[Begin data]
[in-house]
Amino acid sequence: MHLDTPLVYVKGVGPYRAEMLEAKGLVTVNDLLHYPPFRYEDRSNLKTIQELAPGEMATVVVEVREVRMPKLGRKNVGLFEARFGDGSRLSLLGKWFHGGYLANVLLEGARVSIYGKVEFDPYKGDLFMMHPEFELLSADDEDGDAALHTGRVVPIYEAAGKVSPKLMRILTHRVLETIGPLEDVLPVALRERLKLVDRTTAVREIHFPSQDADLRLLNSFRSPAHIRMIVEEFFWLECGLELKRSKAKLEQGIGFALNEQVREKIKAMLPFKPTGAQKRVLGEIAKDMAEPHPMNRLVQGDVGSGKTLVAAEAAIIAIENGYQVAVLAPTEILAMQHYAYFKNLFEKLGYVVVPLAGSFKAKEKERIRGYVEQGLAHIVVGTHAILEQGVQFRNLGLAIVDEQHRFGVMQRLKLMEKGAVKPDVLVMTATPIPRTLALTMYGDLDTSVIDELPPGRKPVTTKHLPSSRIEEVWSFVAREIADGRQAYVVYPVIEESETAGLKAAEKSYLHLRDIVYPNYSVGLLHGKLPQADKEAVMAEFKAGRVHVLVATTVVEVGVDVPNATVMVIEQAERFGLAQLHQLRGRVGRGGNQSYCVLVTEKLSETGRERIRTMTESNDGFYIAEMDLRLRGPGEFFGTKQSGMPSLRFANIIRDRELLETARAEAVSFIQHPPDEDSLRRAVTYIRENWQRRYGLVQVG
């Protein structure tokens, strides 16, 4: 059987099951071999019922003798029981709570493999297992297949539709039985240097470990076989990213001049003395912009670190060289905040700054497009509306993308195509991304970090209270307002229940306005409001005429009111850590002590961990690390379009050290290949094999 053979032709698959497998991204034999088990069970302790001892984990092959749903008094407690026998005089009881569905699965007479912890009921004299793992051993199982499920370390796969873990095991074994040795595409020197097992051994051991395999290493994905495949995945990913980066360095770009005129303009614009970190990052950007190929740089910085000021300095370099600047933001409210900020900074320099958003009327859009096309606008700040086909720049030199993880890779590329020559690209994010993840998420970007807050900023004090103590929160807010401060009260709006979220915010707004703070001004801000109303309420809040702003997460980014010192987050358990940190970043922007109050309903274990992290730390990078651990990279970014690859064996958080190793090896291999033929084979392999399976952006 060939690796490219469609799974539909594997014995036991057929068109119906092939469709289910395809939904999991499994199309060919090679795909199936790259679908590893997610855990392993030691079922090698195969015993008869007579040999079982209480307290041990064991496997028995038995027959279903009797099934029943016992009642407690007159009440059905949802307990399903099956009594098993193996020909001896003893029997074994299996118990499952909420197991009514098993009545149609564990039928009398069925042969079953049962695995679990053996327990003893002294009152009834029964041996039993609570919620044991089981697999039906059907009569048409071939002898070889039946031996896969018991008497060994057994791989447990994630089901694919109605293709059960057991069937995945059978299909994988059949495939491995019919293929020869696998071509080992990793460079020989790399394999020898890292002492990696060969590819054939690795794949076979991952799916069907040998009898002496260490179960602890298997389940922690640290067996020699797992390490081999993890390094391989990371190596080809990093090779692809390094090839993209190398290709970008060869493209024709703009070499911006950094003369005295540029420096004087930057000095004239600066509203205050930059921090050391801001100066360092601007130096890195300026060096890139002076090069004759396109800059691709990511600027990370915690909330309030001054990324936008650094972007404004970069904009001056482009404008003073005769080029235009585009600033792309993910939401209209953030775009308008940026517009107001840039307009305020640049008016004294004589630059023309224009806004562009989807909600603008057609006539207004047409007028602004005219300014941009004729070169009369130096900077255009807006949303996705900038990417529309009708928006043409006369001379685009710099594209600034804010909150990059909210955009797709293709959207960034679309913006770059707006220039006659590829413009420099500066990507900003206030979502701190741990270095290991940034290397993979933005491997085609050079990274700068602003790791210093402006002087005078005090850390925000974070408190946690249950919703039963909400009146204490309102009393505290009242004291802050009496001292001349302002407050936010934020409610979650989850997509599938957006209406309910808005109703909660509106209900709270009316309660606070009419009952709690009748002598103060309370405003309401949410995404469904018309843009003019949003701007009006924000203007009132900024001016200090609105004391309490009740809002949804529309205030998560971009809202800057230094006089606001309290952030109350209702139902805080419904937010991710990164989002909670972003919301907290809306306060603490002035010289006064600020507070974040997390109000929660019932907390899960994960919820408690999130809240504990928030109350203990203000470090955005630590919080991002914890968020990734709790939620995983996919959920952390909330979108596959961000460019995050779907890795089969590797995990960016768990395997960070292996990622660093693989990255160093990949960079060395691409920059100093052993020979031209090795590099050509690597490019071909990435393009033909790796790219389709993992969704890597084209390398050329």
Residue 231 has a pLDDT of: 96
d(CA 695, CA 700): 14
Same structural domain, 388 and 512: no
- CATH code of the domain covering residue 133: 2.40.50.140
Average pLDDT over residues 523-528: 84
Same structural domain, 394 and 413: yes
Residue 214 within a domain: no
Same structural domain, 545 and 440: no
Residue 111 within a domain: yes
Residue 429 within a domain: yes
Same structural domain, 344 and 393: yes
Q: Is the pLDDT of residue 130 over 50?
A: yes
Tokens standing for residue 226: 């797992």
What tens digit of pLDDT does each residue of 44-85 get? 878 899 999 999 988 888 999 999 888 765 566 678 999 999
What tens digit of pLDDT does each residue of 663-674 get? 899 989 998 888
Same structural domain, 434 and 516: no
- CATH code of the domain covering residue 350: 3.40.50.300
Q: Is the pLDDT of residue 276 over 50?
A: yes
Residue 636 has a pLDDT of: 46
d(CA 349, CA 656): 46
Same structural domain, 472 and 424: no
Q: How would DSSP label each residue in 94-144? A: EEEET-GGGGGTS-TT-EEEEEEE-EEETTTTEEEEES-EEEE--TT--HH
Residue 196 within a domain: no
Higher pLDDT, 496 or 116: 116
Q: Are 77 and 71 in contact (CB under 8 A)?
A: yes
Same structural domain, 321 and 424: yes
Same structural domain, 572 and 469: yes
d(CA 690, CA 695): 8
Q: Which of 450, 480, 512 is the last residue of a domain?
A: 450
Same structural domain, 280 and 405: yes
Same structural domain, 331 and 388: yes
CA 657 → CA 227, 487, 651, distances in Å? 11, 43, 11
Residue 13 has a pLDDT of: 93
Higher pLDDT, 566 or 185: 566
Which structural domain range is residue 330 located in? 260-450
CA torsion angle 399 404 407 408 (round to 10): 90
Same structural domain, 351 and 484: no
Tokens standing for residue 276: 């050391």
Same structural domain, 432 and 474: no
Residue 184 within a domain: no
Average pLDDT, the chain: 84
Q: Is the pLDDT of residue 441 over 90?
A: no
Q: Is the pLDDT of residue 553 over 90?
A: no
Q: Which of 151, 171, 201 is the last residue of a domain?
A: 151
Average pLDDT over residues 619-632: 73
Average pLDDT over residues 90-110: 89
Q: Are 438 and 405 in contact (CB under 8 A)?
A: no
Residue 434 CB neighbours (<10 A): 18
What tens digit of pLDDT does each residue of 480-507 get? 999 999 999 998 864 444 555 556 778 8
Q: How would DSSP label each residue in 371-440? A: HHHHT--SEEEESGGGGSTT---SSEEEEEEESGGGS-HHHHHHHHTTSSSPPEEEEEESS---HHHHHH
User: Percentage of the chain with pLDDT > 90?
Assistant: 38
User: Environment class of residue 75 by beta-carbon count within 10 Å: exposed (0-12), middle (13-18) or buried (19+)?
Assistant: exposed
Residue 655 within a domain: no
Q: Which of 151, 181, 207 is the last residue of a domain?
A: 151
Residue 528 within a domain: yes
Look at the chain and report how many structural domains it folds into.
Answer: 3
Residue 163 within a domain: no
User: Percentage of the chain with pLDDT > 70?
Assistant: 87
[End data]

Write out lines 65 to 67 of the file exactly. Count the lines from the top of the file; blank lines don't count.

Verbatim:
Assistant: exposed
Residue 655 within a domain: no
Q: Which of 151, 181, 207 is the last residue of a domain?